What Careers are in Neuropsychology?

Most careers in neuropsychology can be found in academic and clinical organizations. Neuropsychologists strive to apply neuropsychological practices and to help people with illnesses or mental health problems overcome neurocognitive problems. Those who are interested in neuropsychology careers will find three job descriptions below, according to the American Psychological Association.

Clinical Research Assistant

Clinical research assistants conduct placement interviews, review assessments and administer questionnaires to experiment participants. In conjunction with other research staff, they recruit and enroll research participants into clinical projects based on study protocols. Clinical research assistants verify every candidate’s eligibility and ineligibility criteria against medical records. They explain informed consent and study guidelines to research subjects. They assist in managing, compiling and evaluating computerized neuropsychological exams. They perform data entry and analyses duties through spreadsheets and special software programs. Besides their technical duties, they personally assist study participants prepare for MRI and other advanced scans. Finally, they must identify any problems with protocol compliance in order to ensure the accuracy and validity of research data.


Graduates of neuropsychology programs usually become psychologists who diagnose and psychologically assess referred patients. They accomplish all of this by administering and interpreting psychometric tests and psycho-diagnostic tools. They conduct initial interview with potential clients to gather medical data and relevant information. Then, they determine the urgency of needs and the severity of conditions, so they can provide objective interpretations and recommended courses of therapeutic actions. These psychologists maintain therapy records, prepares reports and provide client updates by phone, email and letters to appropriate parties, such as schools and social agencies. Senior psychologists sometimes conduct program evaluations and gather data in order to assess quality of care, client satisfaction levels and the cost effectiveness of clinical operations.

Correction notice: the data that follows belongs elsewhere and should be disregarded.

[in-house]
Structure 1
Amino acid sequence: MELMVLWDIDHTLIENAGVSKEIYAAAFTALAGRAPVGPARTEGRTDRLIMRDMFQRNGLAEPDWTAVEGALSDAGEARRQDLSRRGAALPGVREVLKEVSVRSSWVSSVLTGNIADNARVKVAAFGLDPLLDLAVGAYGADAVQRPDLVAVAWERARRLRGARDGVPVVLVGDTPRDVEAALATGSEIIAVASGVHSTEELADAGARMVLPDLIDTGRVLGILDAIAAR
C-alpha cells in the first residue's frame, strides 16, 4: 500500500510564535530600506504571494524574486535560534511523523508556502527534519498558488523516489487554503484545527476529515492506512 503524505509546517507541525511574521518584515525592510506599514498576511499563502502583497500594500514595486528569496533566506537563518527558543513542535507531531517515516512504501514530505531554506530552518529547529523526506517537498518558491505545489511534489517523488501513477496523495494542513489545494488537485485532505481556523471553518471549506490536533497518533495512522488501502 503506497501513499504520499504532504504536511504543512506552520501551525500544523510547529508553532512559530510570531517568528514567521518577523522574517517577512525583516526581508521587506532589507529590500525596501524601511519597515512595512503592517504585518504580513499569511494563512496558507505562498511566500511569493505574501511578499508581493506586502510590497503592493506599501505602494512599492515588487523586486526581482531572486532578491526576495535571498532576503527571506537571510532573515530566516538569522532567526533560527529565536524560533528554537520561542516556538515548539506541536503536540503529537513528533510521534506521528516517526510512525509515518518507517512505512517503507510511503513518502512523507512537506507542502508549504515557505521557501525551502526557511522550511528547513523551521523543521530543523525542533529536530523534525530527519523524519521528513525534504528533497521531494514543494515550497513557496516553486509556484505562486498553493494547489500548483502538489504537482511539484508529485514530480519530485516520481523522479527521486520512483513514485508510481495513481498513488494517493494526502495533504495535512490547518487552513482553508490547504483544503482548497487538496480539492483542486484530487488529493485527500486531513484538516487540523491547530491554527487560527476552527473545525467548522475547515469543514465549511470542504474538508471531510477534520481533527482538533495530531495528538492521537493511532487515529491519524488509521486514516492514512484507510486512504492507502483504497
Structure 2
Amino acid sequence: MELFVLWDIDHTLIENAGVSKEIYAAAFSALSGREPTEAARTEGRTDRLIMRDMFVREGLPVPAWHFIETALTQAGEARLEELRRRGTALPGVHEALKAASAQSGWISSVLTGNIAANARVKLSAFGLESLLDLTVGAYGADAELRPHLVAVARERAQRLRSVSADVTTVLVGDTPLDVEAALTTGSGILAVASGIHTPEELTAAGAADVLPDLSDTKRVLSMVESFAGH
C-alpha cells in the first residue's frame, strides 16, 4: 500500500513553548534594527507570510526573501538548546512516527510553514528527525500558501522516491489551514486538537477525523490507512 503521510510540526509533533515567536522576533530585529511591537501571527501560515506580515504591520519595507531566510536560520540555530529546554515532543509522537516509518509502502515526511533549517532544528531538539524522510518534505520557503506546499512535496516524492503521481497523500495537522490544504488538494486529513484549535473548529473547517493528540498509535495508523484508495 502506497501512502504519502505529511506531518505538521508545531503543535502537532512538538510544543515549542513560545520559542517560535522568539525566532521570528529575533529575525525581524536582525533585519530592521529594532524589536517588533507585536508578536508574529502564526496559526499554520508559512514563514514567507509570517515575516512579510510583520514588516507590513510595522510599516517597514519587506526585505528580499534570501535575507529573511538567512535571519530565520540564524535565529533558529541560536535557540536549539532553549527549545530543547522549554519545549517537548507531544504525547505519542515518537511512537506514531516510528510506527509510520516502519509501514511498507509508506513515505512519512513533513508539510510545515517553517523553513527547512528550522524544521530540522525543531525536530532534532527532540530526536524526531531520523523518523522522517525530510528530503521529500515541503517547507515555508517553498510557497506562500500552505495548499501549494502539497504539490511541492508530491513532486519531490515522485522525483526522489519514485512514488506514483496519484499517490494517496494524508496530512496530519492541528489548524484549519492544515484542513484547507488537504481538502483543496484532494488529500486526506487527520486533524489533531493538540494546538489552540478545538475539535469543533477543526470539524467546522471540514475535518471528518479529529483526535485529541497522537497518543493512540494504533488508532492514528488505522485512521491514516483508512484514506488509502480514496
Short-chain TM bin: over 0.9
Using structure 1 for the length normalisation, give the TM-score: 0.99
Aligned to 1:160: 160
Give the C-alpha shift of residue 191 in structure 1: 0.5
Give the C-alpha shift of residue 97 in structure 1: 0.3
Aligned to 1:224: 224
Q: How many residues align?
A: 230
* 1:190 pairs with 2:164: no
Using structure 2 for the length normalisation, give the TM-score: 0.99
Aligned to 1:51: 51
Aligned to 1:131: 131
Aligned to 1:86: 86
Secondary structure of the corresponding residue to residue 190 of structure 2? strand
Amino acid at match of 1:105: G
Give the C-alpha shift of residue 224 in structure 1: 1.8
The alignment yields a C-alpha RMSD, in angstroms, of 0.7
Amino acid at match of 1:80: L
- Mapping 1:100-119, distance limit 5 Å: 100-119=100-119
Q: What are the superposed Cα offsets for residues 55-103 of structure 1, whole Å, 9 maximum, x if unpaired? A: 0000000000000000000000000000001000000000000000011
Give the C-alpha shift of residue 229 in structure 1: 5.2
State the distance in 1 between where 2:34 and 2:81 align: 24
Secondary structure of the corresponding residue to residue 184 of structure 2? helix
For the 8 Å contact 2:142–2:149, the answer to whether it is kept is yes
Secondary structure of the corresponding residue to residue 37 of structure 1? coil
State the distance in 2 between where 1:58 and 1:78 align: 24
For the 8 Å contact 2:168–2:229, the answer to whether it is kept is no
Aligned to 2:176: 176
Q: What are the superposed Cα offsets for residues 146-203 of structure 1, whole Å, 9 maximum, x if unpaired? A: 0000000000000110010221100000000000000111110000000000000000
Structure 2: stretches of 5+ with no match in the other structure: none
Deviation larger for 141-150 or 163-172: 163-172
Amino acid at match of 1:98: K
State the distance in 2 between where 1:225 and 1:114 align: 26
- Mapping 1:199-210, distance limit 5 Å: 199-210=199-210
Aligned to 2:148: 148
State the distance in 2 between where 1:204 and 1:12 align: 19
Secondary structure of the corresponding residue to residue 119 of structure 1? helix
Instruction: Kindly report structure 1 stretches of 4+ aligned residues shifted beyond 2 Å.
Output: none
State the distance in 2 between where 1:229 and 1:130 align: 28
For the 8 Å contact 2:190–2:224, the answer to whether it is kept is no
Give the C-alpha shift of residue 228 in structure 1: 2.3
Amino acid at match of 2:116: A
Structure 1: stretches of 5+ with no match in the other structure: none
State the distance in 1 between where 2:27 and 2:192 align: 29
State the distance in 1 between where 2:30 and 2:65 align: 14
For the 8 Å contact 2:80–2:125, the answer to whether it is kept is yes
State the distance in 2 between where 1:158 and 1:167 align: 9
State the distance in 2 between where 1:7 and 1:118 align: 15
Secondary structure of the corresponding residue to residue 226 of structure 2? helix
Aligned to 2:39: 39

Career Highlight – Staff Neuropsychologist

A staff neuropsychologist at a mental health facility may specialize in geriatric, adult or child and teen services. For example, those who work with adolescents will conduct evaluations and interviews in order to develop individualized treatment plans for those suspected mental health concerns. They assess pediatric patients for cognitive, neurological and behavioral problems caused by a wide range of factors, such as genetic syndromes and prenatal drug exposures. They coordinate comprehensive clinical care with other health care providers. They often participate in seminars for pediatric and teen health care providers. They also conduct training sessions within the community, such as at schools or parent education centers.

Expected Proficiencies

Those who work in the new field of neuropsychology need flawless writing skills, so they can clearly document and disseminate information, but also strong oral communication skills, so they can effectively converse with staff, patients, families and the public. They need a full working knowledge of standard practices and procedures with the ability to apply them in varied situations. Neuropsychology professionals need to have the ability to collaboratively work in small teams that strive to improve operations by identifying issues and resolving them. A strong sense of customer service will allow them to provide quality services in respectful and professional ways. Lastly, being able to remain calm in stressful situations is a must for these professionals.

Related Resource: Developmental Psychology

Don’t forget that all careers in neuropsychology will require a license to practice, a post graduate degree and experience in behavioral health settings.